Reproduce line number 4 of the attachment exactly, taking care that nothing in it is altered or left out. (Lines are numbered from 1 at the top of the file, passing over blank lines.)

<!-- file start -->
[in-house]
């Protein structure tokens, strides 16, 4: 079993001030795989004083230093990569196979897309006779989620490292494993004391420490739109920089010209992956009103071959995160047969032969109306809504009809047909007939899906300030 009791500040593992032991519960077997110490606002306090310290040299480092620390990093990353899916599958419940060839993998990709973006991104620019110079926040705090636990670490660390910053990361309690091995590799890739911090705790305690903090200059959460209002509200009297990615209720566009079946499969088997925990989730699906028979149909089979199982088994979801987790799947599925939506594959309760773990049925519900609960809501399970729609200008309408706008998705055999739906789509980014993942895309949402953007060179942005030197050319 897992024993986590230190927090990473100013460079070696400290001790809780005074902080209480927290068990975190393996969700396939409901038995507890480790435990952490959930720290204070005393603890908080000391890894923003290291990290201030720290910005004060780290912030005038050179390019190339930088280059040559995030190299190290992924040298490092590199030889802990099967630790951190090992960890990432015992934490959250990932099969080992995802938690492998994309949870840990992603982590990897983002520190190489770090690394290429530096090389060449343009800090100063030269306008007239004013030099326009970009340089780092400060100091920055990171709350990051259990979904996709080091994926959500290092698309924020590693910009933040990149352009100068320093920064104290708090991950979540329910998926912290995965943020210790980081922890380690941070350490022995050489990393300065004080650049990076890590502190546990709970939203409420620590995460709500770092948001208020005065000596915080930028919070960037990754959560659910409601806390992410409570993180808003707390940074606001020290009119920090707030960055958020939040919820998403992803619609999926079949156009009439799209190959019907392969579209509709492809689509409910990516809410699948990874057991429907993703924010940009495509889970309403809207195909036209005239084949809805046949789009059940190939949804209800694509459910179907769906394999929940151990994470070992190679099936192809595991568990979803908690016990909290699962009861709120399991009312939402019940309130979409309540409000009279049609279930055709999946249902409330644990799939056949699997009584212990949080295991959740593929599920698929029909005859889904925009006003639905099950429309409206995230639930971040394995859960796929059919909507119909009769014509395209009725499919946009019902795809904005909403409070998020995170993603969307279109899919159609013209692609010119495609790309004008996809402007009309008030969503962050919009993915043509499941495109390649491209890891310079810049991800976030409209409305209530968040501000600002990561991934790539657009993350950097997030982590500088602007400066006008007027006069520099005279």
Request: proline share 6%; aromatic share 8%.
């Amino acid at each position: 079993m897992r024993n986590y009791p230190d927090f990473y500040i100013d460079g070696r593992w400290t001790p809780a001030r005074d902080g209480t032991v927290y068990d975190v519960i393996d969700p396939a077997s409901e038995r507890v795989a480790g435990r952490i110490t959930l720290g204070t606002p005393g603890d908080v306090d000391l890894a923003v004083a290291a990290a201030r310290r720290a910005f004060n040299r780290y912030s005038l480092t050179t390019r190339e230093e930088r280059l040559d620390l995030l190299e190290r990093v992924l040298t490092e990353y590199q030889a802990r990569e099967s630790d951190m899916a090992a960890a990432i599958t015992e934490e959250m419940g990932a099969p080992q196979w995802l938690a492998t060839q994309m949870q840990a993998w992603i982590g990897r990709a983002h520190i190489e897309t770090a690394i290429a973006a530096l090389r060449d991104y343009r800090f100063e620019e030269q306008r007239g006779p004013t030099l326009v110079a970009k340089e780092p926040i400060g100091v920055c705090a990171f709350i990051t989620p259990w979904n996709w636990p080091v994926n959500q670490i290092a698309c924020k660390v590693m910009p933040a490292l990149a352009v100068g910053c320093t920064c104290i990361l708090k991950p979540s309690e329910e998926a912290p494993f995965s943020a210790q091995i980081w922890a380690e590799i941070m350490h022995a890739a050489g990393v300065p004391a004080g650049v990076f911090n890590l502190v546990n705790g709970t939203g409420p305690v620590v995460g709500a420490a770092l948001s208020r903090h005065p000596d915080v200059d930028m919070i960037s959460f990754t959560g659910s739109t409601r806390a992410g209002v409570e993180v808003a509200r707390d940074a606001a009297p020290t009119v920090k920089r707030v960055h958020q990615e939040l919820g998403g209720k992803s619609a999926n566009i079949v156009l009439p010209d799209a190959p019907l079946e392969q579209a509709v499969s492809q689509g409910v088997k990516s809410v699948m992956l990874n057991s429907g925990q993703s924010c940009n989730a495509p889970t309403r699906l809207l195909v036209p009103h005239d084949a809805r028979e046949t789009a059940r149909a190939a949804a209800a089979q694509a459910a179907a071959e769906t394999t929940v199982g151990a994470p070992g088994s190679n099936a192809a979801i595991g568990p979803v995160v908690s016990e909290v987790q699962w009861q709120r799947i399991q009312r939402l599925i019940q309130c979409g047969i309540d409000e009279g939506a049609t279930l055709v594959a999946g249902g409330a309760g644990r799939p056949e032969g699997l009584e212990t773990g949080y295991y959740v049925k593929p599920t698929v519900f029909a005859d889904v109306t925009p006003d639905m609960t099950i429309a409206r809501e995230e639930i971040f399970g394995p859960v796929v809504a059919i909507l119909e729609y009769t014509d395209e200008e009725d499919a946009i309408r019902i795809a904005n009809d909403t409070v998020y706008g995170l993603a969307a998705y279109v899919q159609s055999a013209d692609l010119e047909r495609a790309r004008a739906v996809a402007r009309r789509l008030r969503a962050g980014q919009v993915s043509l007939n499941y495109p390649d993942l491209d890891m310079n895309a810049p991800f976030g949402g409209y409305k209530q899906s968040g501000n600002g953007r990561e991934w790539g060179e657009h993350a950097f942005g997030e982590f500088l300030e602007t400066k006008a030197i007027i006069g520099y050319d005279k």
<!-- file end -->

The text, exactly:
């Amino acid at each position: 079993m897992r024993n986590y009791p230190d927090f990473y500040i100013d460079g070696r593992w400290t001790p809780a001030r005074d902080g209480t032991v927290y068990d975190v519960i393996d969700p396939a077997s409901e038995r507890v795989a480790g435990r952490i110490t959930l720290g204070t606002p005393g603890d908080v306090d000391l890894a923003v004083a290291a990290a201030r310290r720290a910005f004060n040299r780290y912030s005038l480092t050179t390019r190339e230093e930088r280059l040559d620390l995030l190299e190290r990093v992924l040298t490092e990353y590199q030889a802990r990569e099967s630790d951190m899916a090992a960890a990432i599958t015992e934490e959250m419940g990932a099969p080992q196979w995802l938690a492998t060839q994309m949870q840990a993998w992603i982590g990897r990709a983002h520190i190489e897309t770090a690394i290429a973006a530096l090389r060449d991104y343009r800090f100063e620019e030269q306008r007239g006779p004013t030099l326009v110079a970009k340089e780092p926040i400060g100091v920055c705090a990171f709350i990051t989620p259990w979904n996709w636990p080091v994926n959500q670490i290092a698309c924020k660390v590693m910009p933040a490292l990149a352009v100068g910053c320093t920064c104290i990361l708090k991950p979540s309690e329910e998926a912290p494993f995965s943020a210790q091995i980081w922890a380690e590799i941070m350490h022995a890739a050489g990393v300065p004391a004080g650049v990076f911090n890590l502190v546990n705790g709970t939203g409420p305690v620590v995460g709500a420490a770092l948001s208020r903090h005065p000596d915080v200059d930028m919070i960037s959460f990754t959560g659910s739109t409601r806390a992410g209002v409570e993180v808003a509200r707390d940074a606001a009297p020290t009119v920090k920089r707030v960055h958020q990615e939040l919820g998403g209720k992803s619609a999926n566009i079949v156009l009439p010209d799209a190959p019907l079946e392969q579209a509709v499969s492809q689509g409910v088997k990516s809410v699948m992956l990874n057991s429907g925990q993703s924010c940009n989730a495509p889970t309403r699906l809207l195909v036209p009103h005239d084949a809805r028979e046949t789009a059940r149909a190939a949804a209800a089979q694509a459910a179907a071959e769906t394999t929940v199982g151990a994470p070992g088994s190679n099936a192809a979801i595991g568990p979803v995160v908690s016990e909290v987790q699962w009861q709120r799947i399991q009312r939402l599925i019940q309130c979409g047969i309540d409000e009279g939506a049609t279930l055709v594959a999946g249902g409330a309760g644990r799939p056949e032969g699997l009584e212990t773990g949080y295991y959740v049925k593929p599920t698929v519900f029909a005859d889904v109306t925009p006003d639905m609960t099950i429309a409206r809501e995230e639930i971040f399970g394995p859960v796929v809504a059919i909507l119909e729609y009769t014509d395209e200008e009725d499919a946009i309408r019902i795809a904005n009809d909403t409070v998020y706008g995170l993603a969307a998705y279109v899919q159609s055999a013209d692609l010119e047909r495609a790309r004008a739906v996809a402007r009309r789509l008030r969503a962050g980014q919009v993915s043509l007939n499941y495109p390649d993942l491209d890891m310079n895309a810049p991800f976030g949402g409209y409305k209530q899906s968040g501000n600002g953007r990561e991934w790539g060179e657009h993350a950097f942005g997030e982590f500088l300030e602007t400066k006008a030197i007027i006069g520099y050319d005279k």